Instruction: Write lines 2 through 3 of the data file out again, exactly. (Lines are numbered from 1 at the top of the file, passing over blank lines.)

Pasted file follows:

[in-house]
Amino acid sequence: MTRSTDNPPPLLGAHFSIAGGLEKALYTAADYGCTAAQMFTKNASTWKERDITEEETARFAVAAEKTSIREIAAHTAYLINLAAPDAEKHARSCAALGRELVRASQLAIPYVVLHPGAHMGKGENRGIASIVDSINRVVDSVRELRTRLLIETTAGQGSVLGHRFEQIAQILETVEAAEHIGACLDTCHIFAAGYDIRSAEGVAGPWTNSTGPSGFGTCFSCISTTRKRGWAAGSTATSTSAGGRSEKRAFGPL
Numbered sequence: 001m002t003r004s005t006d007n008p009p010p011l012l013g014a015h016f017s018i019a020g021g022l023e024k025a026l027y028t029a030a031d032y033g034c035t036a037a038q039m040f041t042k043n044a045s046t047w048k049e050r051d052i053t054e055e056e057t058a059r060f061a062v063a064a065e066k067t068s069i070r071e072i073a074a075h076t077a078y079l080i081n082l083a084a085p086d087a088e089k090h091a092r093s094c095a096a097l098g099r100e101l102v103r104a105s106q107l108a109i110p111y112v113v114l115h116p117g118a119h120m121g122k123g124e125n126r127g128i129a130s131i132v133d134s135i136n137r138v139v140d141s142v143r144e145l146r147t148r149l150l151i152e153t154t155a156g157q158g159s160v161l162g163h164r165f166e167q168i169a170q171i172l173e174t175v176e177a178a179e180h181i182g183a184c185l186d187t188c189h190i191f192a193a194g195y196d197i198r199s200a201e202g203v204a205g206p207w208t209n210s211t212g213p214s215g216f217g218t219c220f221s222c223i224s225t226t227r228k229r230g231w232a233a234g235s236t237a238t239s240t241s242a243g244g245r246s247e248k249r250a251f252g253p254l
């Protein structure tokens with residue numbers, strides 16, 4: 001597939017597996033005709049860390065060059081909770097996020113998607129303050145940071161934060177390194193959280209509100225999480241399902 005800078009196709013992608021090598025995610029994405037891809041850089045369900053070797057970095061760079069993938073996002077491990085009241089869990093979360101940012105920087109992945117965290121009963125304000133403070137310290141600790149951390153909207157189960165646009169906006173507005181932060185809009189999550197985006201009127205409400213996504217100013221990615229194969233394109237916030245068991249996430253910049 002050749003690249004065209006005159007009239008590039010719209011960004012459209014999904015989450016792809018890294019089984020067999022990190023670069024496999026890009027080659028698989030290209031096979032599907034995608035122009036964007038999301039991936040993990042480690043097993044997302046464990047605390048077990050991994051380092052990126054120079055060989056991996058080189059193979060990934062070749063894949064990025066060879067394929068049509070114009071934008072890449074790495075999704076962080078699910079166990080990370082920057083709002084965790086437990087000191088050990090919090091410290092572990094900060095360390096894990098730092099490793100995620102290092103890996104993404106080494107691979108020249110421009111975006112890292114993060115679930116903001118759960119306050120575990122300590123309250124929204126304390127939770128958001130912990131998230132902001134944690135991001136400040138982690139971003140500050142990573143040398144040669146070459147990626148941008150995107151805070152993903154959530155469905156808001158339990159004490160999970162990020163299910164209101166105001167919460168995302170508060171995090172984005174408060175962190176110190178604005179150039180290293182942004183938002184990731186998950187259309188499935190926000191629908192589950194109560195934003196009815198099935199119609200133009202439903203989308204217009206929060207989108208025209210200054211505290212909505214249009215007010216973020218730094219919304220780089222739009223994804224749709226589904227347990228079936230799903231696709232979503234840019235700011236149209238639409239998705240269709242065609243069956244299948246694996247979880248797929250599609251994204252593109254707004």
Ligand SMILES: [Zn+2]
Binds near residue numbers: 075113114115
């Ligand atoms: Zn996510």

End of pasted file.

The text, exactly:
Amino acid sequence: MTRSTDNPPPLLGAHFSIAGGLEKALYTAADYGCTAAQMFTKNASTWKERDITEEETARFAVAAEKTSIREIAAHTAYLINLAAPDAEKHARSCAALGRELVRASQLAIPYVVLHPGAHMGKGENRGIASIVDSINRVVDSVRELRTRLLIETTAGQGSVLGHRFEQIAQILETVEAAEHIGACLDTCHIFAAGYDIRSAEGVAGPWTNSTGPSGFGTCFSCISTTRKRGWAAGSTATSTSAGGRSEKRAFGPL
Numbered sequence: 001m002t003r004s005t006d007n008p009p010p011l012l013g014a015h016f017s018i019a020g021g022l023e024k025a026l027y028t029a030a031d032y033g034c035t036a037a038q039m040f041t042k043n044a045s046t047w048k049e050r051d052i053t054e055e056e057t058a059r060f061a062v063a064a065e066k067t068s069i070r071e072i073a074a075h076t077a078y079l080i081n082l083a084a085p086d087a088e089k090h091a092r093s094c095a096a097l098g099r100e101l102v103r104a105s106q107l108a109i110p111y112v113v114l115h116p117g118a119h120m121g122k123g124e125n126r127g128i129a130s131i132v133d134s135i136n137r138v139v140d141s142v143r144e145l146r147t148r149l150l151i152e153t154t155a156g157q158g159s160v161l162g163h164r165f166e167q168i169a170q171i172l173e174t175v176e177a178a179e180h181i182g183a184c185l186d187t188c189h190i191f192a193a194g195y196d197i198r199s200a201e202g203v204a205g206p207w208t209n210s211t212g213p214s215g216f217g218t219c220f221s222c223i224s225t226t227r228k229r230g231w232a233a234g235s236t237a238t239s240t241s242a243g244g245r246s247e248k249r250a251f252g253p254l